I’ve spent the last 24 hours thinking about and responding to Mark Matienzo’s recent post about Sourcery and its response on social media. I’ve enjoyed engaging in the concerns Mark raises and I’ve learned a lot from the conversation it has spurred. Everything Mark wonders and worries about in connection with Sourcery are things we are actively questioning ourselves. It’s the reason we held a series of workshops with the archives profession this past fall and it’s the reason we’re working with a set of institutional partners to pilot Sourcery while it’s still under active development — so that we can address these questions and concerns in conversation with the community and have those conversations inform the functionality of the application.
These conversations, however, have demonstrated to me that there’s a bit of a misperception circulating, not so much about the app itself, but about the way in which we aim to develop it, a misperception that’s born, I think, more of a learned skepticism of Silicon Valley and university austerity politics than it has to do with a real look at the way in which we’re actually going about things.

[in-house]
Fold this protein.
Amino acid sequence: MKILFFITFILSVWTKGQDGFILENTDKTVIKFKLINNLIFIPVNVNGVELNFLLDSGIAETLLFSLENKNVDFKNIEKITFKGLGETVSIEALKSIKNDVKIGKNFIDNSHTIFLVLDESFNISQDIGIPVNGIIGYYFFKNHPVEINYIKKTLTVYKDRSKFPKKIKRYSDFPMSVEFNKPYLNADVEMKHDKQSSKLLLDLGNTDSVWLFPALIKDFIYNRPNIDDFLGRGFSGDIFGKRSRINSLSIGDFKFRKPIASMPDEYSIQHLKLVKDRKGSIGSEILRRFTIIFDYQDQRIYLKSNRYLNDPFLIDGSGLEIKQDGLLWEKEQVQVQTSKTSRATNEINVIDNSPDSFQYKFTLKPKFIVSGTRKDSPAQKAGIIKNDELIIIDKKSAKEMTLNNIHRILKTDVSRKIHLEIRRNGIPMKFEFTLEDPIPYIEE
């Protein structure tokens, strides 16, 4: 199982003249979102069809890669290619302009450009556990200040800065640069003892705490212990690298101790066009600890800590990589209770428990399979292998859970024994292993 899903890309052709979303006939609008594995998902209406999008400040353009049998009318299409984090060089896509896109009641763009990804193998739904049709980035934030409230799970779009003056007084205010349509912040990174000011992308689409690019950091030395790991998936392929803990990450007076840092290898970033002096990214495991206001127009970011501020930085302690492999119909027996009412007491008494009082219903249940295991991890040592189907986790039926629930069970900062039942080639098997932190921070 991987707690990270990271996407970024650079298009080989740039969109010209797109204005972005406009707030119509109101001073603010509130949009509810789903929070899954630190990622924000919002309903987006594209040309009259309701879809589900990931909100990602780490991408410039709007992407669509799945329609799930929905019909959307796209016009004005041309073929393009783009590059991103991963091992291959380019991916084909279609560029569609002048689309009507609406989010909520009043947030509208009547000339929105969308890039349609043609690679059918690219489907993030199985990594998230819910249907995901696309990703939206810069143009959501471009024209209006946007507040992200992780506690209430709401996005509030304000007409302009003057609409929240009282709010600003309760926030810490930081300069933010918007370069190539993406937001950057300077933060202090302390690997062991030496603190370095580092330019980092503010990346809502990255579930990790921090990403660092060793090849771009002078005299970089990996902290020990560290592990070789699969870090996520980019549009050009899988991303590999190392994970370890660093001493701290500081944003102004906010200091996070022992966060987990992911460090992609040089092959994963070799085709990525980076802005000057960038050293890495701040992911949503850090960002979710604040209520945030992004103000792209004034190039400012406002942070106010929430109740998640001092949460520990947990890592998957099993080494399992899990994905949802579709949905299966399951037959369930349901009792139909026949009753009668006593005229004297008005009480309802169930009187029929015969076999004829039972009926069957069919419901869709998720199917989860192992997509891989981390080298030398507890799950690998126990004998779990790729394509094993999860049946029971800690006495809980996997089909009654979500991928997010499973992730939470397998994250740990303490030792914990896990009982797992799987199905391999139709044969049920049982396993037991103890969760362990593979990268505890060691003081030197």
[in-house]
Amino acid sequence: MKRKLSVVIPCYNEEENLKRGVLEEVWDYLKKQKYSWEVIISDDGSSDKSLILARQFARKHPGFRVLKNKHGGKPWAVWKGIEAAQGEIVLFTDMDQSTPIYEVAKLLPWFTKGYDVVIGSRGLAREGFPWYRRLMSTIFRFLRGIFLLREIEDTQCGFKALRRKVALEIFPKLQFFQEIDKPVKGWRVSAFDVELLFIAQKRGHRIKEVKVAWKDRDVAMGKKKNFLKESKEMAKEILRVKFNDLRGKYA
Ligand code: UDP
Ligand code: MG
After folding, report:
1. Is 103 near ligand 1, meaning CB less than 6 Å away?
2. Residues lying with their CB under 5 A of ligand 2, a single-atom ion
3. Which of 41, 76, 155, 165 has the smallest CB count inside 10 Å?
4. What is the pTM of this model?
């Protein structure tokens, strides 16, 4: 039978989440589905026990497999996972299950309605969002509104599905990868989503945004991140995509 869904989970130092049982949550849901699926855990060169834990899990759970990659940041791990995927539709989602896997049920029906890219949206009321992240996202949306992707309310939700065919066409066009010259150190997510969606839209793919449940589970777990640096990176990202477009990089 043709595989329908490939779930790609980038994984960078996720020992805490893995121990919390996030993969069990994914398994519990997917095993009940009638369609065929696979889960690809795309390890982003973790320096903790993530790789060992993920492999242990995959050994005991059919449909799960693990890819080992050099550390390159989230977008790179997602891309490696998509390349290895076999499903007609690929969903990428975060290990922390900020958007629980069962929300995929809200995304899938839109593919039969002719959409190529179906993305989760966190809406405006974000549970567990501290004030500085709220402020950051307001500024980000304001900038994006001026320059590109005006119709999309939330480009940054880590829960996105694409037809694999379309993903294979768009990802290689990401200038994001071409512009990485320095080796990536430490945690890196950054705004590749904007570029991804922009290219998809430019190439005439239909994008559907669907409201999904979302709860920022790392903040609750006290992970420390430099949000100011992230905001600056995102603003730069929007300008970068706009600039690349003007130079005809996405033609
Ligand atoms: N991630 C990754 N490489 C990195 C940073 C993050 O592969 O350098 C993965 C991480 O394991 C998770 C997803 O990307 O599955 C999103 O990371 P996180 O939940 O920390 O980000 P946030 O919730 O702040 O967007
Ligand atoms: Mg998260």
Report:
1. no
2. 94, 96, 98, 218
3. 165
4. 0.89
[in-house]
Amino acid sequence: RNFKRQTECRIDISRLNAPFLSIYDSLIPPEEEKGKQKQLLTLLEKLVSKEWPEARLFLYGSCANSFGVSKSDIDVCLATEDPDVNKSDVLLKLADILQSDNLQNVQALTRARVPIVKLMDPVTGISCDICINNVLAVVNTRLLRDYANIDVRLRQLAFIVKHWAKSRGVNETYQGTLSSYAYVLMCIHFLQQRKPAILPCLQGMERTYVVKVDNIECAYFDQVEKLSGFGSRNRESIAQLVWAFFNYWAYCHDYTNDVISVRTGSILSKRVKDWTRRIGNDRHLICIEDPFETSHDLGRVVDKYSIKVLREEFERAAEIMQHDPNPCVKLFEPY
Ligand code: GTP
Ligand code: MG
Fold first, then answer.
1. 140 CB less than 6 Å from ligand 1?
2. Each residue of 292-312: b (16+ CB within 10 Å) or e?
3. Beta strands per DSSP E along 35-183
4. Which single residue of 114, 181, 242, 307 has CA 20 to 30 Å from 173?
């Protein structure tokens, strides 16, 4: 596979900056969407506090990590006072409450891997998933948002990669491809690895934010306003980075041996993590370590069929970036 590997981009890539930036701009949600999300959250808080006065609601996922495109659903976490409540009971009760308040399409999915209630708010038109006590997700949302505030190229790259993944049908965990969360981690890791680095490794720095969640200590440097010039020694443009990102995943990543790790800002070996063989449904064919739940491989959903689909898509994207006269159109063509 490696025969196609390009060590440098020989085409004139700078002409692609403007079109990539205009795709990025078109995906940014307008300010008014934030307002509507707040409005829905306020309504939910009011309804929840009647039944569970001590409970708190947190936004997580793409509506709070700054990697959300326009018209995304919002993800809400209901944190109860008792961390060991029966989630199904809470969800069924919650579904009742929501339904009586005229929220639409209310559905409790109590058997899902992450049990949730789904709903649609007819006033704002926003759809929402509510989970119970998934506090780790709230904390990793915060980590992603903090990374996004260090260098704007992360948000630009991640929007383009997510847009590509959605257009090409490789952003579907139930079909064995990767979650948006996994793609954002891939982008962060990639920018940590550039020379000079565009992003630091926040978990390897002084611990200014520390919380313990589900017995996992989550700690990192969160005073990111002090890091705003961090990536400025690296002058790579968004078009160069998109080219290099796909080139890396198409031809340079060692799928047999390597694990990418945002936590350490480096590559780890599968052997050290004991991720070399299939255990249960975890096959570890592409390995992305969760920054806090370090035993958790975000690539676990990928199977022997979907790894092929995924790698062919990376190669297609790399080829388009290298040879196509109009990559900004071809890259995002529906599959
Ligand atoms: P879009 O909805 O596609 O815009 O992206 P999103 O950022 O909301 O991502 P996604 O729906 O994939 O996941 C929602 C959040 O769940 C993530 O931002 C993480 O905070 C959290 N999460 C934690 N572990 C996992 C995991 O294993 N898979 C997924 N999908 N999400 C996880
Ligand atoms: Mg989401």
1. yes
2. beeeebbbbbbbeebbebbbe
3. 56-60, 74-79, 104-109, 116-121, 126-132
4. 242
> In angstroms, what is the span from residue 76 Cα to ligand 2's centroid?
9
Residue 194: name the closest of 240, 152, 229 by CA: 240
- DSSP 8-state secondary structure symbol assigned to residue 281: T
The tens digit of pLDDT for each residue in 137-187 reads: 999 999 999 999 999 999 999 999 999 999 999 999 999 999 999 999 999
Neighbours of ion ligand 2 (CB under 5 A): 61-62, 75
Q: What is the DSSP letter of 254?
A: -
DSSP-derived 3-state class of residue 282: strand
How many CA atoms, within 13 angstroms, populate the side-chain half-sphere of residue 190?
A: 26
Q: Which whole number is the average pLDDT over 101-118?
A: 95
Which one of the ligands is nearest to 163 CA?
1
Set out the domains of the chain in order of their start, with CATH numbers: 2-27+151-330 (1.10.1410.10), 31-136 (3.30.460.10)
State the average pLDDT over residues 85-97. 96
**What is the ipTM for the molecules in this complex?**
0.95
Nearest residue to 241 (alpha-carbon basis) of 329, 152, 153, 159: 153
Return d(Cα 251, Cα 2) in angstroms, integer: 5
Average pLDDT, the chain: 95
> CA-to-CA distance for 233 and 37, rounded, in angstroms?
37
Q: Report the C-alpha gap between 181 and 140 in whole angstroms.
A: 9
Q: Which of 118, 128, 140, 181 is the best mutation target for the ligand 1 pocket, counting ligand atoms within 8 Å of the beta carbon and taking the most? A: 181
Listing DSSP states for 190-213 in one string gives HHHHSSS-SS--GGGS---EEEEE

The first thing to say is that we don’t begrudge archivists their skepticism. We share it. A decade that’s seen democracy undermined by social media and labor undermined by “gig economy” apps has made us justifiably skeptical of technology. Likewise, a decade or more of austerity budgets has made archivists justifiably skeptical of “external” “solutions.” But Sourcery is not “external” to these concerns: Greenhouse Studios is based in the library of a state university and staffed by unionized librarians and faculty members. We’re well familiar with austerity budgets, believe me. And we’re not promising a “solution.” What we want to do is engage the field — both researchers and archivists — in a conversation about how some of the technologies of the past decade might be retrofitted to expand access to archival sources.